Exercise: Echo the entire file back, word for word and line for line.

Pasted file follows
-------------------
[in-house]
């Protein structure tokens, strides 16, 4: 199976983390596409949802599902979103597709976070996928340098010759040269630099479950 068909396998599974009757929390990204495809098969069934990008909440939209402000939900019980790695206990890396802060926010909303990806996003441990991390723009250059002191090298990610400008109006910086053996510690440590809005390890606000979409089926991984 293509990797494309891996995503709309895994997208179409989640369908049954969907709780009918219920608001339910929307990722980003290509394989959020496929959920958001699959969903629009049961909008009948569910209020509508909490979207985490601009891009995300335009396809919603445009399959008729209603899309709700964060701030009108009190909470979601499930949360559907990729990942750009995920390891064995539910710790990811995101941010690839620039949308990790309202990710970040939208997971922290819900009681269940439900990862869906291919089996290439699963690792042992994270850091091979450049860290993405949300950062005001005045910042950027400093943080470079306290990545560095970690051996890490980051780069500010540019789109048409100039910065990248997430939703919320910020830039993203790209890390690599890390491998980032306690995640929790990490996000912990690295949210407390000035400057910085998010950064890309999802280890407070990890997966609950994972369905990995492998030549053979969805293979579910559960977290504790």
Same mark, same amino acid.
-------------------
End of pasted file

[in-house]
């Protein structure tokens, strides 16, 4: 199976983390596409949802599902979103597709976070996928340098010759040269630099479950 068909396998599974009757929390990204495809098969069934990008909440939209402000939900019980790695206990890396802060926010909303990806996003441990991390723009250059002191090298990610400008109006910086053996510690440590809005390890606000979409089926991984 293509990797494309891996995503709309895994997208179409989640369908049954969907709780009918219920608001339910929307990722980003290509394989959020496929959920958001699959969903629009049961909008009948569910209020509508909490979207985490601009891009995300335009396809919603445009399959008729209603899309709700964060701030009108009190909470979601499930949360559907990729990942750009995920390891064995539910710790990811995101941010690839620039949308990790309202990710970040939208997971922290819900009681269940439900990862869906291919089996290439699963690792042992994270850091091979450049860290993405949300950062005001005045910042950027400093943080470079306290990545560095970690051996890490980051780069500010540019789109048409100039910065990248997430939703919320910020830039993203790209890390690599890390491998980032306690995640929790990490996000912990690295949210407390000035400057910085998010950064890309999802280890407070990890997966609950994972369905990995492998030549053979969805293979579910559960977290504790």
Same mark, same amino acid.